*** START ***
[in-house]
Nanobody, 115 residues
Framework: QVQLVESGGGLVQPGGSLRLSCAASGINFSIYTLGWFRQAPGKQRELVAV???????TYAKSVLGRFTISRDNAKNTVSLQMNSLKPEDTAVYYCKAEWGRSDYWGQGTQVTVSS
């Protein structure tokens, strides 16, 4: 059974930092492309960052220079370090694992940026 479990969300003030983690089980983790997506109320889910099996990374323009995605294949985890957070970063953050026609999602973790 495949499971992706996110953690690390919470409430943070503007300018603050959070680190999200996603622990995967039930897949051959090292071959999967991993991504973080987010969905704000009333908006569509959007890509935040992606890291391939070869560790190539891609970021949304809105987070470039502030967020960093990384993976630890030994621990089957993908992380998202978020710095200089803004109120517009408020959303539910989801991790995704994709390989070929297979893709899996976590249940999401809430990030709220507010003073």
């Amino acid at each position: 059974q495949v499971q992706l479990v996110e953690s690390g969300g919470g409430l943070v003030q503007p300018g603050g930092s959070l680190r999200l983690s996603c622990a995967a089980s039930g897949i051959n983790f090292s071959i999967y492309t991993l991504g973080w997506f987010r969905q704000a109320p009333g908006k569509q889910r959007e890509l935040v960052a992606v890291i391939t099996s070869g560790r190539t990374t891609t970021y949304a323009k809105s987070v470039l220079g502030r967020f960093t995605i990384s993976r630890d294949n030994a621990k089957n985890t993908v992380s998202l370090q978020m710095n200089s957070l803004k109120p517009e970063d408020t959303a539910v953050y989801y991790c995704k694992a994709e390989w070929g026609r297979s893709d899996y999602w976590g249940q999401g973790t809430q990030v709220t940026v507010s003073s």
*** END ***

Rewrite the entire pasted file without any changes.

[in-house]
Nanobody, 115 residues
Framework: QVQLVESGGGLVQPGGSLRLSCAASGINFSIYTLGWFRQAPGKQRELVAV???????TYAKSVLGRFTISRDNAKNTVSLQMNSLKPEDTAVYYCKAEWGRSDYWGQGTQVTVSS
């Protein structure tokens, strides 16, 4: 059974930092492309960052220079370090694992940026 479990969300003030983690089980983790997506109320889910099996990374323009995605294949985890957070970063953050026609999602973790 495949499971992706996110953690690390919470409430943070503007300018603050959070680190999200996603622990995967039930897949051959090292071959999967991993991504973080987010969905704000009333908006569509959007890509935040992606890291391939070869560790190539891609970021949304809105987070470039502030967020960093990384993976630890030994621990089957993908992380998202978020710095200089803004109120517009408020959303539910989801991790995704994709390989070929297979893709899996976590249940999401809430990030709220507010003073």
């Amino acid at each position: 059974q495949v499971q992706l479990v996110e953690s690390g969300g919470g409430l943070v003030q503007p300018g603050g930092s959070l680190r999200l983690s996603c622990a995967a089980s039930g897949i051959n983790f090292s071959i999967y492309t991993l991504g973080w997506f987010r969905q704000a109320p009333g908006k569509q889910r959007e890509l935040v960052a992606v890291i391939t099996s070869g560790r190539t990374t891609t970021y949304a323009k809105s987070v470039l220079g502030r967020f960093t995605i990384s993976r630890d294949n030994a621990k089957n985890t993908v992380s998202l370090q978020m710095n200089s957070l803004k109120p517009e970063d408020t959303a539910v953050y989801y991790c995704k694992a994709e390989w070929g026609r297979s893709d899996y999602w976590g249940q999401g973790t809430q990030v709220t940026v507010s003073s």